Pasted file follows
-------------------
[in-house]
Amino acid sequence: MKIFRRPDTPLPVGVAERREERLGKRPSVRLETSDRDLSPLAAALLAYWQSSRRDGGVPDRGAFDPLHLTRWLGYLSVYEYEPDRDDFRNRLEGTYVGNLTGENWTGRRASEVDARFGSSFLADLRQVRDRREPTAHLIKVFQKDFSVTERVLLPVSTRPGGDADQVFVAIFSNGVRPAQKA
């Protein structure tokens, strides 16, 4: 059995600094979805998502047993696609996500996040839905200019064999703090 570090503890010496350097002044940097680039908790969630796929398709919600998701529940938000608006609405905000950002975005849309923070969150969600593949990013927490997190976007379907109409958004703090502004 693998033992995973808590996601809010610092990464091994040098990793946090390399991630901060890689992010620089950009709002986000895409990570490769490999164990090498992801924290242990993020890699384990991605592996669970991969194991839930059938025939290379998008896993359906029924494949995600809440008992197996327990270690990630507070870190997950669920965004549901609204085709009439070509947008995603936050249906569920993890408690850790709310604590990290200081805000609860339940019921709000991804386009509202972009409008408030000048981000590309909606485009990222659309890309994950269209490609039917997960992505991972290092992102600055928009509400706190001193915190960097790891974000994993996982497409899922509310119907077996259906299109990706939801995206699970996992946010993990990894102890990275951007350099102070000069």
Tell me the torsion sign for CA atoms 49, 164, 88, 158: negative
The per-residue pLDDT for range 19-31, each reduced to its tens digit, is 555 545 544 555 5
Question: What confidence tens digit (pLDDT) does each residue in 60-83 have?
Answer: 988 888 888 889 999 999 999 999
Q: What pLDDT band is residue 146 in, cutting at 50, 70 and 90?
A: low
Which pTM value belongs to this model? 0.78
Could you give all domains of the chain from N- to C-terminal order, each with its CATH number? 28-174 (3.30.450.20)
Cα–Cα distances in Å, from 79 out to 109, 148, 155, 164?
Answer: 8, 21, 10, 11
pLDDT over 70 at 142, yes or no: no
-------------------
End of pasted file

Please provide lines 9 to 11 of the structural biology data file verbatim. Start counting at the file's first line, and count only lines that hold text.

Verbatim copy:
A: low
Which pTM value belongs to this model? 0.78
Could you give all domains of the chain from N- to C-terminal order, each with its CATH number? 28-174 (3.30.450.20)